They ran on battery power, thank God, but could also recharge via staying online. Our staff kept waiting for them to burn out, but after weeks of being online they just kept going. Number one was the biggest and meanest of all of them. I had long suspected it had turned on the computer in the storage room. We had to keep the wi-fi on in the store.

I rejoiced when it was reported number one was reportedly stolen. Then we found him outside the storage room in the sporting goods section next to a baseball bat. I still shudder when I remember his screaming threats of rage when we put the thick blanket over him. It was the only way to handle him without getting hurt. Seriously, who would steal a toy so annoying? Then it hit me. Our store wasn’t the only one that had ordered a shipment of Noisy Lemongrass Chipmunks. What were they doing with the faulty toys?

Excerpt from “Noisy Lemongrass” from the curiously long book of short stories, I am lettuce, who are you?

Violent Cartoon Based Interlude

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Whartleburg the Whalloper, part of the “Enzectozoid” toy line, a ripoff generic toy from more popular ones in the past. It was a humanoid beetle-man with purple rippling muscular anatomy, held in it hands a double axe bigger than the figure. The best feature of the toy was a button on the back that when pressed opened and closed a set of functional large pincers where its mouth should be, just under its bulging green eyes, able to firmly grip simple objects. Or, according to the back of the packaging, to crush guns, knives, swords, dino jaws, helicopter blades, or whatever the wicked Spider King Ahab had in mind to send to destroy his most hated nemesis.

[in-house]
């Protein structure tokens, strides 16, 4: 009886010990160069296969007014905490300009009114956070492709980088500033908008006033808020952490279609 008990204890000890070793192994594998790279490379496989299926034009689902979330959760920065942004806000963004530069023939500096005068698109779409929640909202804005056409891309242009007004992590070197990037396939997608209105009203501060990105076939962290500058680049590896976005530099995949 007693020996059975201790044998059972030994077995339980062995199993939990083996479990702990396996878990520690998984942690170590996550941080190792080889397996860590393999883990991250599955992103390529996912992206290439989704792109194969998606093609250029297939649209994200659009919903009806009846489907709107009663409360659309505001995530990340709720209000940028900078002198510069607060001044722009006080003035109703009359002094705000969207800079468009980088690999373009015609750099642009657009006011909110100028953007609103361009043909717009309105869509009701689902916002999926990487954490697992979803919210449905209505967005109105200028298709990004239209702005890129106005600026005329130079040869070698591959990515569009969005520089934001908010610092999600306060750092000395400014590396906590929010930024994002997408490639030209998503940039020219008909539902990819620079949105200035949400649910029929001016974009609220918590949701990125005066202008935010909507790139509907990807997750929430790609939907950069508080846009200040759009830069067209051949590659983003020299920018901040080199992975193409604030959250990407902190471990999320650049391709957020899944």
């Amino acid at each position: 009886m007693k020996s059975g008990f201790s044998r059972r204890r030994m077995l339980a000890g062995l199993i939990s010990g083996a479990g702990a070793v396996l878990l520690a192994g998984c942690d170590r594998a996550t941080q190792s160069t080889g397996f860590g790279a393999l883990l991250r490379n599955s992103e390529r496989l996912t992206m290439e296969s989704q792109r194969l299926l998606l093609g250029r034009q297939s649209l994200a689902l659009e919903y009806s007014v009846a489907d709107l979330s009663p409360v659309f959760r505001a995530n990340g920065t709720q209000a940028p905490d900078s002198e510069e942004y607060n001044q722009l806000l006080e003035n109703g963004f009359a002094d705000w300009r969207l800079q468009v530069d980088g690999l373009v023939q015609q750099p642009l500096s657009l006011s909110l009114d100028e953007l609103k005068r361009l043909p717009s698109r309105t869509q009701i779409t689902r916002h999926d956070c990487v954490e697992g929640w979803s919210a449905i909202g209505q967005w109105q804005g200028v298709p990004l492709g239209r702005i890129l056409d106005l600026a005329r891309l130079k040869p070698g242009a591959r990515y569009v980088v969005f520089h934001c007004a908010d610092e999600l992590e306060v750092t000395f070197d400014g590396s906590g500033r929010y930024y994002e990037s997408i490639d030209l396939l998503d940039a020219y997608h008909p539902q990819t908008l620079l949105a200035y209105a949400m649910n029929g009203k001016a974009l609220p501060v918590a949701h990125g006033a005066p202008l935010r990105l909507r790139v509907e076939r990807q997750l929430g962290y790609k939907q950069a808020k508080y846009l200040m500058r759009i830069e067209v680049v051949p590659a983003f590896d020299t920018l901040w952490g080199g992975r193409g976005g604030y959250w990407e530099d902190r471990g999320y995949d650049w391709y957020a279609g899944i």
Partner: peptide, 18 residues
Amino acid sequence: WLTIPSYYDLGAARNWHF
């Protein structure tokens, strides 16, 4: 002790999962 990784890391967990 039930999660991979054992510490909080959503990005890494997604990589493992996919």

Eddy’s mother, June, thought it looked hideous. It exploited violence in an already over active six-year-old boy; he didn’t need it. But Eddy’s pleas had gotten to where his mother dreaded taking her son to the store, simply because she knew that particularly hideous action figure would be there waiting.

Now the wait was over. Eddy could not believe he held Whartleburg the Whalloper in his hands. His whining had ceased, and his expression of awe had not changed since he and his mom had exited the store. He just could not take his eyes off the new toy still in its package. June his mother would not let him open it until after dinner. As Eddy was staring at his new toy, it suddenly looked up at him.

“Hello, Boy,” said the toy.

“Um, hi,” said Eddy in a whisper.

“What do you call yourself?”

“I’m Eddy.”

“Greeting, Eddy,” said the toy. “I am Whartleburg, sole heir to the Mandaublian School of Marshal Arts.”

“Really?” said Eddy, “Mom says I can’t play with you right now.”

“Your mother is wise and you should listen to her,” said Whartleburg, “But you may need to release me sooner. Both you and your mother are in grave danger.”

“Why is that?” asked Eddy.

“Because I’m not really a toy. And Spider King Ahab’s minions have followed me to your universe.”

“Son, what do you want for dinner tonight?” said Eddy’s mother.

Little Eddy was hesitant at first.

“Whartleburg says he’s alive and he needs out.”

“Oh, he did, did he?” said the boy’s mother. “You can play with him after you help me with dinner, ok?”

“No, it isn’t that.”

“Then what is it, son?”

“He says there are dinosaurs following us!”